o        envy of the young, and needless interference with their enjoyments,

o        the revival with new power of old sinful propensities,

o        ill tempers, and

o        bad habits.

Ø      With joyful hope. Of speedy deliverance from all burdens and troubles,

and the recommencement of life with renewed and perfected energies.

Nothing can keep the aged Christian long out of HEAVEN!




Ø      With respectful tenderness, sympathy, and readiness to alleviate them.

Ø      With diminished desire for the great prolongation of their own lives.

Ø      With steadfast aim and endeavor so to live that, if old age come, it may

not be oppressed with the needless burdens and anxieties which a

godless life leads to. Let the young keep in mind the admonition,

“Remember now thy Creator in the days of thy youth, while the evil

days come not, nor the years draw nigh, when thou shalt say,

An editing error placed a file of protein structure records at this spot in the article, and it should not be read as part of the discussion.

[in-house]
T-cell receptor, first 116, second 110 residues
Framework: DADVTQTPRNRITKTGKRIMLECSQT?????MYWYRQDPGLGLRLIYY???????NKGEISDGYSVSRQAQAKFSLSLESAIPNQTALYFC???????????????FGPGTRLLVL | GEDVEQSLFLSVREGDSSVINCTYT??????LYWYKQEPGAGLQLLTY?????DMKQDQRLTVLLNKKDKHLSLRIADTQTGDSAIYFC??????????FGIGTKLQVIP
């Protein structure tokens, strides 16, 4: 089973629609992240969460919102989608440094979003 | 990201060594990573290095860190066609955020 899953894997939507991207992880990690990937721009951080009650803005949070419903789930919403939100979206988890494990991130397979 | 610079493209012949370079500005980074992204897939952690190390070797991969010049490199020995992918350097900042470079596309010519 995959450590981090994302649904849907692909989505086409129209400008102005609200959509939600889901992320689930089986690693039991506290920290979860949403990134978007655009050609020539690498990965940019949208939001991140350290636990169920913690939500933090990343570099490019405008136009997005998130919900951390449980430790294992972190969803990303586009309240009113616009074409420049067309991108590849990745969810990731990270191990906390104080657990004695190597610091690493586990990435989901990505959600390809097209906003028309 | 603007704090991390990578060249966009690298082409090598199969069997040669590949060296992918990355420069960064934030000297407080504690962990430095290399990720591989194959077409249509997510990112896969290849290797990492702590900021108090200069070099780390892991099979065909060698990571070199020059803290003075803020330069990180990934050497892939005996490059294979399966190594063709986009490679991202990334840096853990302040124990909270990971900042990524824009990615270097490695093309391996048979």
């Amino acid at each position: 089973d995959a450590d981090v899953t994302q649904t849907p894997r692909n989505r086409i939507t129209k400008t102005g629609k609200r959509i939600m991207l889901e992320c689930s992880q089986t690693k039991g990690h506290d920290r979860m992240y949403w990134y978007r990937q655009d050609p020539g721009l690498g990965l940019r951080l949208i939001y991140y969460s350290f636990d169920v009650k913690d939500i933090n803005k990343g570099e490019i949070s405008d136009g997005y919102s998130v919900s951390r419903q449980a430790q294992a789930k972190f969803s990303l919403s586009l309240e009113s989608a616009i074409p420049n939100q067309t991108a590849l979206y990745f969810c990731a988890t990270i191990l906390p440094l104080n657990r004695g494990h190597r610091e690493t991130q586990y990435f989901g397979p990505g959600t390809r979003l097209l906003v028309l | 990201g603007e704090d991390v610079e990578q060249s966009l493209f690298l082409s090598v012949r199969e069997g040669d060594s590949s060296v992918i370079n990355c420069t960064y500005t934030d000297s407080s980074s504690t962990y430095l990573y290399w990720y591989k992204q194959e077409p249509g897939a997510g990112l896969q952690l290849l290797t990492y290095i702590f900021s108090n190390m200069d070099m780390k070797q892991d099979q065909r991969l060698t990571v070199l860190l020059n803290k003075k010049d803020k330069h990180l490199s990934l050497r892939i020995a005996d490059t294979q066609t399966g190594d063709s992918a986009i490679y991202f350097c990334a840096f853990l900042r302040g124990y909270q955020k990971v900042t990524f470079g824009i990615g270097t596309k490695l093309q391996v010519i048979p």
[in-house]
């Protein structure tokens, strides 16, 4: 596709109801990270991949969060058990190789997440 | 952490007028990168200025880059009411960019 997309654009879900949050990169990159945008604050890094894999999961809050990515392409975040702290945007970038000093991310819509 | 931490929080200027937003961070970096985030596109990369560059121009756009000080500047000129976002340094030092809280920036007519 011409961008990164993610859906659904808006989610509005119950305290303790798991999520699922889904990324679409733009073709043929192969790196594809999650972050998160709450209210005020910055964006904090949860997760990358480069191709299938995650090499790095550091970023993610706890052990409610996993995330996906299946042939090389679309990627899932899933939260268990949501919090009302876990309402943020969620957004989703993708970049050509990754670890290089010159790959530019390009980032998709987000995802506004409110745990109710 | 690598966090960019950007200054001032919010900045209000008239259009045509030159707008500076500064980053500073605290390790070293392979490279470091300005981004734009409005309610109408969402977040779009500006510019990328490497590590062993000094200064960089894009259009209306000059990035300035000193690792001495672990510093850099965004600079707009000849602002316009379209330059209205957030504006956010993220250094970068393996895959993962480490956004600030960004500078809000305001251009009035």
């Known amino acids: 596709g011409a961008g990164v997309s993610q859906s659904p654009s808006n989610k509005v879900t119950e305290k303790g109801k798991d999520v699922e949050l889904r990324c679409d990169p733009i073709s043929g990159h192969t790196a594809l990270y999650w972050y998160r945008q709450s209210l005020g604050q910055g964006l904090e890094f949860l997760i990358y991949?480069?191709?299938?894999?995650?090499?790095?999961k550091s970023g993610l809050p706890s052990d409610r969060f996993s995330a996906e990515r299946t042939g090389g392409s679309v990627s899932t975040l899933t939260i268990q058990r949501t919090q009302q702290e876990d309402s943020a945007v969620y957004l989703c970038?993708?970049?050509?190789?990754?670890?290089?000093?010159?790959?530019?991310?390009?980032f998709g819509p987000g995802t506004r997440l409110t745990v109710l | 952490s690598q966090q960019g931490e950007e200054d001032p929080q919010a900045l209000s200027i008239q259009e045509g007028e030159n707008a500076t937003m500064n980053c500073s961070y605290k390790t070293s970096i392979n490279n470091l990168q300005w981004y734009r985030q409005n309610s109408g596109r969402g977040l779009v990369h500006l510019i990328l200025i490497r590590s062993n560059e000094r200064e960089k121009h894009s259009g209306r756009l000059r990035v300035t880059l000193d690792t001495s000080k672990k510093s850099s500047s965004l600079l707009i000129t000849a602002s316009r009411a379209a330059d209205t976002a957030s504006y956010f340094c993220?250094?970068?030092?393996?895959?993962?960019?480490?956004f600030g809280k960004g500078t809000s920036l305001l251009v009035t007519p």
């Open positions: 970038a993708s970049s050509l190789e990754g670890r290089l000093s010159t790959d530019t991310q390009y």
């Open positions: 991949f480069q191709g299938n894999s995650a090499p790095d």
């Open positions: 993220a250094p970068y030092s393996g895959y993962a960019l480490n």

I have no pleasure in them” (Ecclesiastes 12:1).  (You may not

be able to tell it but this verse was understood from my youth,

for which I am exceedingly grateful to God to have experienced!

CY - 2018)


37 “Let thy servant, I pray thee, turn back again, that I may die in mine

own city, and be buried by the grave of my father and of my

mother. But behold thy servant Chimham; let him go over with my

Lord the king; and do to him what shall seem good unto thee.

38 And the king answered, Chimham shall go over with me, and I will

do to him that which shall seem good unto thee: and whatsoever

thou shalt require of me, that will I do for thee.  39 And all the people

went over Jordan. And when the king was come over, the king kissed

Barzillai, and blessed him; and he returned unto his own place.”